When I read that writer-director Wes Anderson was doing another Roald Dahl adaptation, this time the 1977 fantasy The Wonderful Story of Henry Sugar, I decided to check it out only because I’d liked 2009’s Fantastic Mr. Fox, his earlier Dahl effort, so much. That’s the only Wes Anderson film I still have a complete fondness for, now that I’m so soured on his work it’s even ruined the memory of The Royal Tenenbaums for me.
I was hoping for another delightful and inventive stop-motion animated film in the vein of Fantastic Mr. Fox, but The Wonderful Story of Henry Sugar is just another regular live-action Wes Anderson film. Shorter than most at thirty-nine minutes, this is the first of four short-film Dahl adaptations Anderson has been contracted to do for Netflix — the others are The Swan, Poison, and Ratcatcher. But Henry Sugar is the same old, same old for Anderson: A-list actors declaiming in an ironic deadpan manner to the camera, pretty-colored production design elements sliding in and out of scenes like theater flats, and narrated flashbacks creating a nesting-box story-within-a-story structure. You know the drill.
“In a way, it’s almost more like a little theatrical presentation that we found a way to film,” Anderson told reporters at the Venice Film Festival, where Henry Sugar premiered. He claims it “had taken years to decide how to shoot the story.”
This is strange, considering that Anderson approaches the story the way he always does, in the most Wes-Andersonian way possible. You’d think it’d be just another day at the office shooting The Wonderful Story of Henry Sugar.
Henry Sugar features Ralph Fiennes, who played the lead in Anderson’s The Grand Budapest Hotel, playing Roald Dahl himself as he narrates the proceedings. But first he has to tell us about Dr Chatterjee (Dev Patel) and Dr Marshall (Richard Ayoade), who had a strange encounter with Imdad Khan (Ben Kingsley), a man who studied under the reclusive Great Yogi (also Ayoade) and trained himself to see without the use of his eyes. Dr Chatterjee writes an account of Khan’s remarkable life that is found by Henry Sugar one day, while he is bored at a country house party.
Benedict Cumberbatch plays this title character, typecast as a rich, unfeeling bastard dressed in nice suits. He always wants to get richer and is an avid gambler who is inspired by reading Dr Khan’s account. Sugar’s goal is to master mind reading when playing cards so he can cheat and win more money.
Anyway, by this point, people who like Wes Anderson films will like The Wonderful Story of Henry Sugar, and people who don’t won’t.
In publicizing Henry Sugar at the Venice Film Festival, Anderson made headlines discussing the recent Roald Dahl controversy. Penguin Random House had released editions of Dahl’s books such as Matilda and James and the Giant Peach with some of the author’s nastier attitudes related to gender, race, and physical appearance scrubbed out. This included such words as “fat” and “crazy.” Such was the public outcry that the publisher announced it would rerelease the same Dahl book unedited, “in ‘classic’ form,” later this year.
“Certainly no one who’s not an author should be modifying somebody’s book. He’s dead,” said Anderson of censoring Dahl’s work.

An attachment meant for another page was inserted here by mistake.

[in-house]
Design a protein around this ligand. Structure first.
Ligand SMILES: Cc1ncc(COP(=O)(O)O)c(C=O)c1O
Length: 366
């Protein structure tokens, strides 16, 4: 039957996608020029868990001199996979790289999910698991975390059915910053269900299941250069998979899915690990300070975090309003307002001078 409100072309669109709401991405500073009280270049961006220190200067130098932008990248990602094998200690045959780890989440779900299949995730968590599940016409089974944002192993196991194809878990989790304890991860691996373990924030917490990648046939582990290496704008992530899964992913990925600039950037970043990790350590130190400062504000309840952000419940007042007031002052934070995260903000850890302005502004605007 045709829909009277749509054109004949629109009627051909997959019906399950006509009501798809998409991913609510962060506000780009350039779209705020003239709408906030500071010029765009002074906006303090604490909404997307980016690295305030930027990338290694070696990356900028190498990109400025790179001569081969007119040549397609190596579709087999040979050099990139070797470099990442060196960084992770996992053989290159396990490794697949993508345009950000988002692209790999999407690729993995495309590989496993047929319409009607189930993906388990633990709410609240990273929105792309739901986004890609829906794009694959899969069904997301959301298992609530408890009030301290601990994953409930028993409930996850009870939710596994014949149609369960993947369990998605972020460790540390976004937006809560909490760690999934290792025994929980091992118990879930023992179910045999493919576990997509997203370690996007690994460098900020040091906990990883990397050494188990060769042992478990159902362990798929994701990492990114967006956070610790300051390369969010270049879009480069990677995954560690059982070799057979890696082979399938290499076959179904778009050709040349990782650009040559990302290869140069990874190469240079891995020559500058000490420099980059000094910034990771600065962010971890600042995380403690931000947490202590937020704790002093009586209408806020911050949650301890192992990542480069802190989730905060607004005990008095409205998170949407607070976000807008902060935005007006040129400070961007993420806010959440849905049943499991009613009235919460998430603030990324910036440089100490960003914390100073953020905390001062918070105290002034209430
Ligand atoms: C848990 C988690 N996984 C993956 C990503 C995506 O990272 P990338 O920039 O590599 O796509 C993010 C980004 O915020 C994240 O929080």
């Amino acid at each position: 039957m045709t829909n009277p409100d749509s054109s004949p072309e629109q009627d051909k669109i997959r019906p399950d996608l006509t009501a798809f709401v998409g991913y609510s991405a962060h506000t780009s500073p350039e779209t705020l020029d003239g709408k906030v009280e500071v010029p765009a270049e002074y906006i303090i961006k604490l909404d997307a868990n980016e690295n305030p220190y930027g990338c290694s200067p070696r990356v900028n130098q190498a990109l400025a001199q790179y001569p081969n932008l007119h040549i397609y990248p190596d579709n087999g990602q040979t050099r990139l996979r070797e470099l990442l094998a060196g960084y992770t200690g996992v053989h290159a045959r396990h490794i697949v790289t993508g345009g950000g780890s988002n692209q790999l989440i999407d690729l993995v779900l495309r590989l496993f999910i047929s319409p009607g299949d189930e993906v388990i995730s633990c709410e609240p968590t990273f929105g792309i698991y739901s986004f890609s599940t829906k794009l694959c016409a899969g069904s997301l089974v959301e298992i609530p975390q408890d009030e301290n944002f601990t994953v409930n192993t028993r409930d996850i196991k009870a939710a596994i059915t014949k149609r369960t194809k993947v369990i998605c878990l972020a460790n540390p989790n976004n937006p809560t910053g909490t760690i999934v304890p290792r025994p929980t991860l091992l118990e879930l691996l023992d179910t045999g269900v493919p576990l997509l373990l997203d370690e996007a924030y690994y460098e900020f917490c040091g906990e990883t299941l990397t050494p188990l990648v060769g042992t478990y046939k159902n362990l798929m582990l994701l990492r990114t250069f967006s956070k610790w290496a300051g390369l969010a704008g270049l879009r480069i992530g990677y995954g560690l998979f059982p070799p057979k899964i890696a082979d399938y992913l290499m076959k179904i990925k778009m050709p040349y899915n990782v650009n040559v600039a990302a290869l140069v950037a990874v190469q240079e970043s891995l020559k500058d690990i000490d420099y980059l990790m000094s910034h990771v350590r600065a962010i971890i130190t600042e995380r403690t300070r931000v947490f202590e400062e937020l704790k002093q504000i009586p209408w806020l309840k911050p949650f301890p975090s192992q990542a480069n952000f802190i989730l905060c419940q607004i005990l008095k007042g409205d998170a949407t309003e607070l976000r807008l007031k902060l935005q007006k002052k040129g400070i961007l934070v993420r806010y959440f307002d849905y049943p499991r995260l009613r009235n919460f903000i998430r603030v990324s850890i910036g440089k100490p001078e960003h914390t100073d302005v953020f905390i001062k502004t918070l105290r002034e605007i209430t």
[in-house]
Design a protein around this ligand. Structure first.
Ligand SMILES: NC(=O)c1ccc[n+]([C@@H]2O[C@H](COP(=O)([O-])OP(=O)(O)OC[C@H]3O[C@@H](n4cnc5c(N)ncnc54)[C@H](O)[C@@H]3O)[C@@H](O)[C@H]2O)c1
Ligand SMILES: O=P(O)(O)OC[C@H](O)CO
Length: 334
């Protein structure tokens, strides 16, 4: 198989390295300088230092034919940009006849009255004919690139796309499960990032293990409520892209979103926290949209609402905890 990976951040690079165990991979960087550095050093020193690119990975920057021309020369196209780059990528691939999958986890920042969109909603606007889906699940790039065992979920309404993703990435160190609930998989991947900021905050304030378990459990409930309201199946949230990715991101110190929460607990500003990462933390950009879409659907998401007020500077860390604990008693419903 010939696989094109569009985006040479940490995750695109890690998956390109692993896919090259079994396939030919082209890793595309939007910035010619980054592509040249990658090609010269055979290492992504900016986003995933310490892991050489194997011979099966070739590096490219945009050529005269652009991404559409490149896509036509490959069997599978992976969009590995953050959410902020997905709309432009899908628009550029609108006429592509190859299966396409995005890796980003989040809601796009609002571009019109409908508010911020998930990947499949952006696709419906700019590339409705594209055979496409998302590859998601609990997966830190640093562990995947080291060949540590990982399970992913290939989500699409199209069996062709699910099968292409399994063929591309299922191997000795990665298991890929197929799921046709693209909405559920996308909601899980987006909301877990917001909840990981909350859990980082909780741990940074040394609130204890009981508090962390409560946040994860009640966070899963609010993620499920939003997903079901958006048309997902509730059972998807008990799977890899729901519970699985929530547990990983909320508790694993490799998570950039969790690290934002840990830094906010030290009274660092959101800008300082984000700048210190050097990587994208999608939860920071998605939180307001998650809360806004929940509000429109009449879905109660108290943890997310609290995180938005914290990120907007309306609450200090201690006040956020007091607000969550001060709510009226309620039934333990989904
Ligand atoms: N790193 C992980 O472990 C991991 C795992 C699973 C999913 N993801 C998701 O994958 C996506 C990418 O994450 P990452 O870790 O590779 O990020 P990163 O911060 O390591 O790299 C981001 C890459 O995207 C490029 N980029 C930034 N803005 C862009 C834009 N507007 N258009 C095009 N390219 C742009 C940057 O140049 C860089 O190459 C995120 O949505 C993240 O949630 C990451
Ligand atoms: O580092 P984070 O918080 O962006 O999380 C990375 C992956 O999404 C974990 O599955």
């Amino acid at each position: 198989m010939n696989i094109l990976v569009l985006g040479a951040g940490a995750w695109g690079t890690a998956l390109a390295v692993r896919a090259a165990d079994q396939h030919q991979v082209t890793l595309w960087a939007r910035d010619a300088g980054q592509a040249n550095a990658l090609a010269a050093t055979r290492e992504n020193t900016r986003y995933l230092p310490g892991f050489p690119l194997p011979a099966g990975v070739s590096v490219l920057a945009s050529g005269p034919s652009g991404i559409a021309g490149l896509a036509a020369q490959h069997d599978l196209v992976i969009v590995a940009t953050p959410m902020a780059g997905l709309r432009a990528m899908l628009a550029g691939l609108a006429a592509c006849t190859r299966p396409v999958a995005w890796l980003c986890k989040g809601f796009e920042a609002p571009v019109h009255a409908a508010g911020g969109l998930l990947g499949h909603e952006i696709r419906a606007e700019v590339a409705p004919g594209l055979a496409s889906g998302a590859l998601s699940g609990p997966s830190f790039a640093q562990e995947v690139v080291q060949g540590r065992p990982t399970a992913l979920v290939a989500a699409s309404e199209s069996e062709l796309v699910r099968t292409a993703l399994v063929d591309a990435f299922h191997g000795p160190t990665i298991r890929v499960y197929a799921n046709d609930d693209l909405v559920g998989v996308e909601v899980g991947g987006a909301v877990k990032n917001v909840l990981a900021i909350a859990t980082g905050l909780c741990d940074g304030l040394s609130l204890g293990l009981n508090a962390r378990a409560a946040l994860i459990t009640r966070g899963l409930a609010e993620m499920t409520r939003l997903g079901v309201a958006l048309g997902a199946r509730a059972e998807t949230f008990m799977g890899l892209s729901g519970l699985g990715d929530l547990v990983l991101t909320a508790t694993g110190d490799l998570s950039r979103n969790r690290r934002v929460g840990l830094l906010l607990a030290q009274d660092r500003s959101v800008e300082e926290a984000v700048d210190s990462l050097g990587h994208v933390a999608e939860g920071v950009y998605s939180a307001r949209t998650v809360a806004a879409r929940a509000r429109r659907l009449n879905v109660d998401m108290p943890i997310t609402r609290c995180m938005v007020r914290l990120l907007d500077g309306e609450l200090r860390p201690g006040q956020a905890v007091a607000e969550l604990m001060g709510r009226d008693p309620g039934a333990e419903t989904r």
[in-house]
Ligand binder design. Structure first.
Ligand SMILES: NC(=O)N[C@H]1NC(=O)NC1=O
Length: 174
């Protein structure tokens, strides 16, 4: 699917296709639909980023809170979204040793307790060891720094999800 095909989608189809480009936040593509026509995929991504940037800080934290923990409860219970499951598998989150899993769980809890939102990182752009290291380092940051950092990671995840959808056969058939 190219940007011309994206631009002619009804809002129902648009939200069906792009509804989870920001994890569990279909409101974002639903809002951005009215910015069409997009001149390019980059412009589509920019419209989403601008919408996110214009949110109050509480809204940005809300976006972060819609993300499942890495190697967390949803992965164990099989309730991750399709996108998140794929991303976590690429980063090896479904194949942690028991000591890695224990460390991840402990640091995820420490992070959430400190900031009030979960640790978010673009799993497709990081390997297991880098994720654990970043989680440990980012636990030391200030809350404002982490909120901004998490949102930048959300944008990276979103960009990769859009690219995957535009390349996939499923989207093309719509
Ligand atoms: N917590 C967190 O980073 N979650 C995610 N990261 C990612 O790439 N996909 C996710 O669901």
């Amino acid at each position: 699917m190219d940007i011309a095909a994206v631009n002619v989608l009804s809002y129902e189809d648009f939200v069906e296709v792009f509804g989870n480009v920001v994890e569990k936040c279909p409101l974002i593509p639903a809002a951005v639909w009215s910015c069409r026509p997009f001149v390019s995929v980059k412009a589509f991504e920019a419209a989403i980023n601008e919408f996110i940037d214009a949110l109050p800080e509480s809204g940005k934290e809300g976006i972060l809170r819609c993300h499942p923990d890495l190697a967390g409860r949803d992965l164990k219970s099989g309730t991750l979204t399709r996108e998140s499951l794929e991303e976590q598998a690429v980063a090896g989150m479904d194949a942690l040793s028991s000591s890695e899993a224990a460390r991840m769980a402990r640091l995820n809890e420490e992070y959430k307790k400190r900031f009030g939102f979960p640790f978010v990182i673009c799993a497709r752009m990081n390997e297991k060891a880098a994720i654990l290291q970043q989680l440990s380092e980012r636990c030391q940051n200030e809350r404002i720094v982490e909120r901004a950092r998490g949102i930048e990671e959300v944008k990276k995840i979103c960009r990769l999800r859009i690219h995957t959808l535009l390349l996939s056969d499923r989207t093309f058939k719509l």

Traditionalist Anderson expanded on his objections:
If you ask me if Renoir should be allowed to touch up one of his pictures, I would say no. It’s done. . . . I don’t even want the artist to modify their work. I understand the motivation for it, but I’m in the school where, when the piece of work is done, we participate in it. We know it. So I think when it’s done, it’s done.
The thing is, all arts aren’t the same, and painting — in which the original is the fetishized object — is a different case than a piece of written work (or a film), which can be copied endlessly with no one but a rare-book collector caring about the state of things like first editions. As long as Dahl’s “classic” works are available, is it really such a big deal if bowdlerized versions also appear? Must we get precious about it?
I hate colorized films, personally. But I have to admit, what was such a big controversial brouhaha back in the 1980s, when Ted Turner was threatening to bring out every black-and-white film masterpiece in those hideous pastel shades of pink and yellow and powder blue favored by colorizers, has turned out to be no big deal. If some yutz wants to watch the colorized version of It’s a Wonderful Life at Christmastime, when any cinephile can see the black-and-white version is a thousand times better, well — does it really matter in the scheme of things?
I also have to admit that it’s an unpleasant shock to read hideously racist and antisemitic references in old Agatha Christie mysteries and P. G. Wodehouse novels. And while I think it’s a good thing to have encounters with the past that show us what the past has been, however god-awful it generally was, I’d just as soon not see the N-word popping up in one of my favorite Wodehouse stories.
But then maybe I just hate Wes Anderson so much by this point that if he argues it’s up, I say it’s down, and if he says it’s day, I say it’s night.
And in acknowledging this by-now-obsessive antipathy, I promise not to review the rest of Wes Anderson’s Roald Dahl adaptations when they come out. I can see them already without the use of my eyes, just like Imdad Khan in The Wonderful Story of Henry Sugar.